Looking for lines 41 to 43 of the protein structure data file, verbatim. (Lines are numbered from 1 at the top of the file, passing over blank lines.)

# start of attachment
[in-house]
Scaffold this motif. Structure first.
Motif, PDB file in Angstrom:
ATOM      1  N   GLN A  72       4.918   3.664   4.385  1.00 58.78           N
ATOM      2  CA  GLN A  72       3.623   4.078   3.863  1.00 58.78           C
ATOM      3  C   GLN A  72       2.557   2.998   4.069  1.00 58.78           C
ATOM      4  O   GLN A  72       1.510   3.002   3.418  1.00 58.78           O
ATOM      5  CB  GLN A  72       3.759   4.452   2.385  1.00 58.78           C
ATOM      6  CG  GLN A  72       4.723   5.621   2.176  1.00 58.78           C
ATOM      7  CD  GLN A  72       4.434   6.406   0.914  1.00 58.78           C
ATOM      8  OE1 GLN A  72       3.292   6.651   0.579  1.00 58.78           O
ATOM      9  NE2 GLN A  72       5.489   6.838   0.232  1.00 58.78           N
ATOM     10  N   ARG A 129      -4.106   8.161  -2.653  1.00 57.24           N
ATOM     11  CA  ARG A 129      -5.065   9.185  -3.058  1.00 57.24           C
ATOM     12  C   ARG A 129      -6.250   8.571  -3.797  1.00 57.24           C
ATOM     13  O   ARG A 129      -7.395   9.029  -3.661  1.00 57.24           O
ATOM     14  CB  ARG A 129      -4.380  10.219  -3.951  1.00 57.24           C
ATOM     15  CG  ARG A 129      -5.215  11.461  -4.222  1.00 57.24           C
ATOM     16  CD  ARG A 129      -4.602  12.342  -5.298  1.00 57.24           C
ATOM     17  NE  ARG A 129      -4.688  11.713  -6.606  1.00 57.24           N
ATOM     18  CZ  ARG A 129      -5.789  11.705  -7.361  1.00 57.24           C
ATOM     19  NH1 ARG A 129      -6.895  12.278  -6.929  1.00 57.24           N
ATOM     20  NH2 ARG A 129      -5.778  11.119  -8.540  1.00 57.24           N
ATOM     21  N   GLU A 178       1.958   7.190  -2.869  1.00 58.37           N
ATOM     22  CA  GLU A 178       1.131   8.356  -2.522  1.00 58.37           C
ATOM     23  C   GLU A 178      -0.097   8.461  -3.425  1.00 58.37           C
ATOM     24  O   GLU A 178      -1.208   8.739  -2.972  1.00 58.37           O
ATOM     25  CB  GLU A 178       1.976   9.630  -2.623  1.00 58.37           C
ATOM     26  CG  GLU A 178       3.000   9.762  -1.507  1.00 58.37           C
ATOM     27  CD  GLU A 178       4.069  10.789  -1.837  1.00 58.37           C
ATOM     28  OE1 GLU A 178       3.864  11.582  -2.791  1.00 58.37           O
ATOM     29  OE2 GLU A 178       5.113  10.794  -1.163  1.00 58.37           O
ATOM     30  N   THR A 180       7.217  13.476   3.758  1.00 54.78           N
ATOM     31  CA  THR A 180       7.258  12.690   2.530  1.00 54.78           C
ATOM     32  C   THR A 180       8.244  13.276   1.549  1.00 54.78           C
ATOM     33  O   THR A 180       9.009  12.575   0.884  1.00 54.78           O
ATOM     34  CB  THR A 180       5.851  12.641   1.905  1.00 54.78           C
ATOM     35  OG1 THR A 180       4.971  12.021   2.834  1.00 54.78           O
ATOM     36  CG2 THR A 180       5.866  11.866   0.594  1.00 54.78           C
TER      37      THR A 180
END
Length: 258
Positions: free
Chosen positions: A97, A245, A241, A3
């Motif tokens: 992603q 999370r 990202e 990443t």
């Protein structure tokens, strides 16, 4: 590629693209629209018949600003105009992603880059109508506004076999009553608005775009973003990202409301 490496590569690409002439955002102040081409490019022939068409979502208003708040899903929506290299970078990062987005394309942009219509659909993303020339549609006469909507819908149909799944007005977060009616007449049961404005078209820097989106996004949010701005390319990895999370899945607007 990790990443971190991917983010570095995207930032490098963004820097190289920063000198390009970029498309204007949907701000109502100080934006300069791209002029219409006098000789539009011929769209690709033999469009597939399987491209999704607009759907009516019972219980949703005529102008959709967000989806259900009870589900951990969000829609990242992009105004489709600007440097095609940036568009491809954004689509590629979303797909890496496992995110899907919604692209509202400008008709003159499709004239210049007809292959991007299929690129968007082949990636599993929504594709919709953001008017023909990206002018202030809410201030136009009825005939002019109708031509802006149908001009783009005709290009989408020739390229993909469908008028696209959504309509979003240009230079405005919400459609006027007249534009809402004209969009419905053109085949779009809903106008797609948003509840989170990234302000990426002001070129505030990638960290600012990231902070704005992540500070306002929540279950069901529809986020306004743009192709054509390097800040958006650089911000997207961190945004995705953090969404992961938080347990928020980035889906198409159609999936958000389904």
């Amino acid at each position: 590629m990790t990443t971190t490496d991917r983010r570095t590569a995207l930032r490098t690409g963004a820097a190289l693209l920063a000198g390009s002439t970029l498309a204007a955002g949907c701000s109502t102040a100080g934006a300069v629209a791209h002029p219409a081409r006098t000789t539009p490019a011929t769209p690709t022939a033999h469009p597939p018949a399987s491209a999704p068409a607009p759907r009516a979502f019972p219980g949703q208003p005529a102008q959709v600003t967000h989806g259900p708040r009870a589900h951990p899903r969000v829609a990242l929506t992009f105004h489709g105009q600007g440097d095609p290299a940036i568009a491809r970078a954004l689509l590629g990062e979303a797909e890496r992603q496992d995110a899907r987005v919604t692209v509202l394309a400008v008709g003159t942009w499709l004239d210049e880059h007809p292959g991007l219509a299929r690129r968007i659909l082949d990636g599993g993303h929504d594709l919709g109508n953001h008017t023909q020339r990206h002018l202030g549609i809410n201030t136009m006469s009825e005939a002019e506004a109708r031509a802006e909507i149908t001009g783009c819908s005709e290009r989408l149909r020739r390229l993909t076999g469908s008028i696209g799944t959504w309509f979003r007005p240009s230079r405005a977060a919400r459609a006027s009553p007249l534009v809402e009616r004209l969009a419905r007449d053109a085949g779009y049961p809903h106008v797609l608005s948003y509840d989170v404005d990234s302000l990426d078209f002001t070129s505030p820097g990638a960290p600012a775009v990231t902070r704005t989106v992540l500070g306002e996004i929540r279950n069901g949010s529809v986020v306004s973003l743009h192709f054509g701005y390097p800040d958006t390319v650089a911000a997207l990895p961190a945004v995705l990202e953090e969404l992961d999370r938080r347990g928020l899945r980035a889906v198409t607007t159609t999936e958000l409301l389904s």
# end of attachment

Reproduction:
END
Length: 258
Positions: free